Whether you're experiencing project delays, unfinished work or poor workmanship, these practical tips advise on how to tackle issues with your builder.

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Image: Charles Deluvio

Whether you're renovating a property, creating an extension or building your own home, the course of a construction project rarely runs smooth. However, some of the most challenging issues to tackle are those with your builders, especially where a project manager isn't employed in the process.

Your issues may be related to poor workmanship or that they simply haven't finished the work, but arming yourself with the knowledge of how to proceed where these issues to occur will help keep you in control of the situation. Read on for some expert guidance provided by CLPM Construction Project Consultancy

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Image: Guilherme Cunha

Pull together contracts and agreements. 

First things first, gather together a file with all of the relevant emails, estimates, quotes and contracts, all the way through from your initial conversations to the present day. "It’s important that you check through your paperwork and make sure you are clear on what was agreed, but also how things have evolved," explains CLPM, incuding delivery issues or adverse weather.

Summarise these documents for easy reference, which may also help in building a picture if delays and issues may be considered fair and reasonable. Be sure to check your specifications and drawings too. Does your finished project match up with what was initially agreed? 

Communicate effectively

Before escalating the situation, talk to your builder and explain your concerns. Whether or not you have a formal buildng contract in place, you have legal rights in place from when you instructed the builder to commence with work, so ensure that they know you understand what you're entitled to. 

In the case of unfinished work where you are struggling to contact your builder, write a letter to them, outlining what work is outstanding and offering a raalistic but firm date for completion of the work. 

When it's an issue involving sub-contractors, whether it's an issue of work owed or sub-par quality, voice any concerns to your builder. They should be managing this, so avoid being drawn in unnecessarily. 

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Image: CLPM Consultancy

Consider employing a new builder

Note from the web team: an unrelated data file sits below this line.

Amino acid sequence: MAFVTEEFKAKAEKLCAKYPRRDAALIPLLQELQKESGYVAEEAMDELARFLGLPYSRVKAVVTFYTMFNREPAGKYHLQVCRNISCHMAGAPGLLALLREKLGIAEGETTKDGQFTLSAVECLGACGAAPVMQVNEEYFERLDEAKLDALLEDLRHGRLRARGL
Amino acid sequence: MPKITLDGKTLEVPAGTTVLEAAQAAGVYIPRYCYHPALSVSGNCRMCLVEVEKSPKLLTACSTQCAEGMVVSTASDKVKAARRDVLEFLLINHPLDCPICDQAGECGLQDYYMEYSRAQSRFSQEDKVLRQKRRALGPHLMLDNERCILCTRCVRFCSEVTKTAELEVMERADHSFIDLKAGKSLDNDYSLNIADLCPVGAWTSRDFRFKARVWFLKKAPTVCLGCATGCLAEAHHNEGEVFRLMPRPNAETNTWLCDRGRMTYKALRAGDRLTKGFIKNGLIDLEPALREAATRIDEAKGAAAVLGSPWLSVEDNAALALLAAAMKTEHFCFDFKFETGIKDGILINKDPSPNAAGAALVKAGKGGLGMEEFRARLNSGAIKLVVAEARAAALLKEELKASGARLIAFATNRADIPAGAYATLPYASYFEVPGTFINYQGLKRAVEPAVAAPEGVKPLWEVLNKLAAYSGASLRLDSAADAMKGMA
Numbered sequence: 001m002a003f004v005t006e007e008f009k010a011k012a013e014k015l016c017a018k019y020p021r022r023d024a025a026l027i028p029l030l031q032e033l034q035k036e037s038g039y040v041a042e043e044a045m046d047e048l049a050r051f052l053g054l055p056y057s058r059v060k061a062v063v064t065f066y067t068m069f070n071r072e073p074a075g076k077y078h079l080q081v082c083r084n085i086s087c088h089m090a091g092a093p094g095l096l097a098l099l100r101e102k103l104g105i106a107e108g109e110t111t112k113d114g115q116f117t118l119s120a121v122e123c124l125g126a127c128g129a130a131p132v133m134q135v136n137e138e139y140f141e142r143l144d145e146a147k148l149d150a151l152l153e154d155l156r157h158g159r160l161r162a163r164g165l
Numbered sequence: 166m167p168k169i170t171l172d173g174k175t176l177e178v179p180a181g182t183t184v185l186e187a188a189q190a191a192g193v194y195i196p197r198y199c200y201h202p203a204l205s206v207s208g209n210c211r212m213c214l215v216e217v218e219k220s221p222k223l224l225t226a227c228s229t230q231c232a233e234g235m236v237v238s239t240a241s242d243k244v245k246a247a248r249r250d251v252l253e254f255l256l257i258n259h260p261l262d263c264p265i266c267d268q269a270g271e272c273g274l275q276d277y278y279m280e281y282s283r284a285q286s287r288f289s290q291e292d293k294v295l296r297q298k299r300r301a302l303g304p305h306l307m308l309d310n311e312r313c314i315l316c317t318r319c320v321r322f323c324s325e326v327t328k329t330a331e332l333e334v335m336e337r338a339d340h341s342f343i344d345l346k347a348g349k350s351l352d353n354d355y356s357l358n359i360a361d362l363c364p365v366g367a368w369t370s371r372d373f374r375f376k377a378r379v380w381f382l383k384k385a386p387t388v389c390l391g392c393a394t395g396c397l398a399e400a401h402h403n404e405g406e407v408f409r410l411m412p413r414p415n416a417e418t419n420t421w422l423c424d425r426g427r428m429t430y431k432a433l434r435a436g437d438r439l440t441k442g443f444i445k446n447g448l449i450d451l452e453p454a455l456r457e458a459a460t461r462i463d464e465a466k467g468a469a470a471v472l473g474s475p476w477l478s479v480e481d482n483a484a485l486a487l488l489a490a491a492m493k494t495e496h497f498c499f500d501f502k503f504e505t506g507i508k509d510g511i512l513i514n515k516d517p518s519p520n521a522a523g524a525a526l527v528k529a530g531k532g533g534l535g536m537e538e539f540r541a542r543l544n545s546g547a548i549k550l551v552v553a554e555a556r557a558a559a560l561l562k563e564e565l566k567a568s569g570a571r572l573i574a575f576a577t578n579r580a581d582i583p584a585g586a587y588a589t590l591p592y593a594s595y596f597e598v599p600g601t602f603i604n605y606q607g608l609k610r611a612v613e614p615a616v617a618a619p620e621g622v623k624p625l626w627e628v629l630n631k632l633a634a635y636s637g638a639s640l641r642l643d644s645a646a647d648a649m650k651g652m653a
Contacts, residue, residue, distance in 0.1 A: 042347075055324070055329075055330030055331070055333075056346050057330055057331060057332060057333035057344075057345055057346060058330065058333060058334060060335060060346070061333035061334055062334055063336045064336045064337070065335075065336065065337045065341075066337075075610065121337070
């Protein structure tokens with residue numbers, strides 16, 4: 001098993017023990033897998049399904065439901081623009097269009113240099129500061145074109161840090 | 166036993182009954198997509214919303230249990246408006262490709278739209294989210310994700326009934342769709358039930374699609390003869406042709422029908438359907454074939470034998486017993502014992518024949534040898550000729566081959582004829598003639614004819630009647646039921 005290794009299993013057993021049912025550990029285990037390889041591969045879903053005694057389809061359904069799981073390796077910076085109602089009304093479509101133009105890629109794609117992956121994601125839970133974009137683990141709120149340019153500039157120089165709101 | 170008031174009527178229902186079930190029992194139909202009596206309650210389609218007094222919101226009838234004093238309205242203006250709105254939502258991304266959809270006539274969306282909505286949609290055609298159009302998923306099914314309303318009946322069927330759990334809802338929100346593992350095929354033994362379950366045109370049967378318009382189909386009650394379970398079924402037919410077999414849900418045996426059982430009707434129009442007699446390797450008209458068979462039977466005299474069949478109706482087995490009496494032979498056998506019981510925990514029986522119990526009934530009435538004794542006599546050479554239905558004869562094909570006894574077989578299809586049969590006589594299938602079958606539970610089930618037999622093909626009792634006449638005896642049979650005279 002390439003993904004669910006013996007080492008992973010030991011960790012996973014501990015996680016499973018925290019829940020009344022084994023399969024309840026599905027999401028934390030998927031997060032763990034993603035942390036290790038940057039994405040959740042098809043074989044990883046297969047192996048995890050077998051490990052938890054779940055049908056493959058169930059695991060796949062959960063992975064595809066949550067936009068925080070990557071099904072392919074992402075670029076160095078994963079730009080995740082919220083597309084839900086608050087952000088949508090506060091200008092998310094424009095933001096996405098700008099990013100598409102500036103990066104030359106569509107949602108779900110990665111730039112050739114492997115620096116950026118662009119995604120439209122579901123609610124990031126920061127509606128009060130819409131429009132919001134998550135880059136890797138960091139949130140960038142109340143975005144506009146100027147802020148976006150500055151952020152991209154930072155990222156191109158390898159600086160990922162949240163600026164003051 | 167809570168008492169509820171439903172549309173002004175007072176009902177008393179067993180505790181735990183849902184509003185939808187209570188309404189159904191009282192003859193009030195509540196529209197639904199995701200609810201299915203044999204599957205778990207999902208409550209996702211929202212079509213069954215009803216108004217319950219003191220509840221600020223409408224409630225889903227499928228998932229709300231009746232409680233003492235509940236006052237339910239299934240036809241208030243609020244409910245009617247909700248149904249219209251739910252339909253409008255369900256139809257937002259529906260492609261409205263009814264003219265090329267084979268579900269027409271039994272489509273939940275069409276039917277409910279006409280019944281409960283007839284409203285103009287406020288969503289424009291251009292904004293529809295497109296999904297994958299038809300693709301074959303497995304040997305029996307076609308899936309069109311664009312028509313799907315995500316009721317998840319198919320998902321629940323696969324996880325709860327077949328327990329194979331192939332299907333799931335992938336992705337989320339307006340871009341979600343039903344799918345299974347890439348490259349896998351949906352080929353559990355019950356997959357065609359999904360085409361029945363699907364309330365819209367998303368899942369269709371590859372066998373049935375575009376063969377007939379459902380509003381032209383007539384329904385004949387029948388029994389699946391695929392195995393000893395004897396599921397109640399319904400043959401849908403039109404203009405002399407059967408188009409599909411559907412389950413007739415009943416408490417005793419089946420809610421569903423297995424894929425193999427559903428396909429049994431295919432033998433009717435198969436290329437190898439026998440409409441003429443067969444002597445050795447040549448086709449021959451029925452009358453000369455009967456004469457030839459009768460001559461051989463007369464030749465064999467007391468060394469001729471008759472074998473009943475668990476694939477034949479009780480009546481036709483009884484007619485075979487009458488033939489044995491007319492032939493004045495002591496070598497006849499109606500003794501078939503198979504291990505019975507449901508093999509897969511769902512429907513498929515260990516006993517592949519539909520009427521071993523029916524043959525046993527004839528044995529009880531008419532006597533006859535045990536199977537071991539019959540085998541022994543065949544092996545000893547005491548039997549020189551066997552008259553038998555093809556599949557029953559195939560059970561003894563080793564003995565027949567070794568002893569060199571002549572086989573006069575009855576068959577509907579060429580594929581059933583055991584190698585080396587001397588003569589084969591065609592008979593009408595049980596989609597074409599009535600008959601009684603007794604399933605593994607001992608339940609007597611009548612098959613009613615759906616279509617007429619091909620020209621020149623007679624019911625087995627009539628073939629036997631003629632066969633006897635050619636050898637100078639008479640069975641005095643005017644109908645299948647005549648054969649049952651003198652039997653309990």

If your builder has left unfinished work which you cannot come to an agreement on by communicating with them effectively then you are well within your rights to tell your builder that you don't want them to carry on with the work. Put this in writing to make sure you have a record of it. You will need to examine the value of works completed and either compensate the builder for this, or come to an agreement on a refund if you've paid money up front beyond this value. 

For issues of poor workmanship, you need to have offered your builder the opportunity to put the work right within a reasonable amount of time: "If necessary, quote The Consumer Rights Act 2015. This act says that goods must be correctly installed, if installing them was part of the contract. The builder must be offered the opportunity to put the poor workmanship right before you start talking to a different company to take over the works," explains CLPM. If you don't, you risk having to pay them for the work regardless. 

Getting your build back on track

Keep calm and focus on getting your build back on track. This is achieved either by re-briefing the existing builder as above and managing them closely, or appointing and organising a completely new build team. If the project is significant, you may also want to look at employing a dedicated project manager. 

The process should now look like this – prioritising drawing up a new schedule of works, agreeing on a new programme and a new completion date, agreeing and drawing up a new contract. Avoid the same issues by ensuring your new team are visiting the site to check on progress, dealing with and resolving any queries or issues and making sure to manage the snagging, defects and final accounts of the project for you.

For more information on dealing with conflict with builders on a project, consult the CLPM Construction Project Consultancy website

 

Are you currently in the midst of a self-build project? Let us know how you're coping by tweeting us @granddesigns or posting a comment on our Facebook page

 

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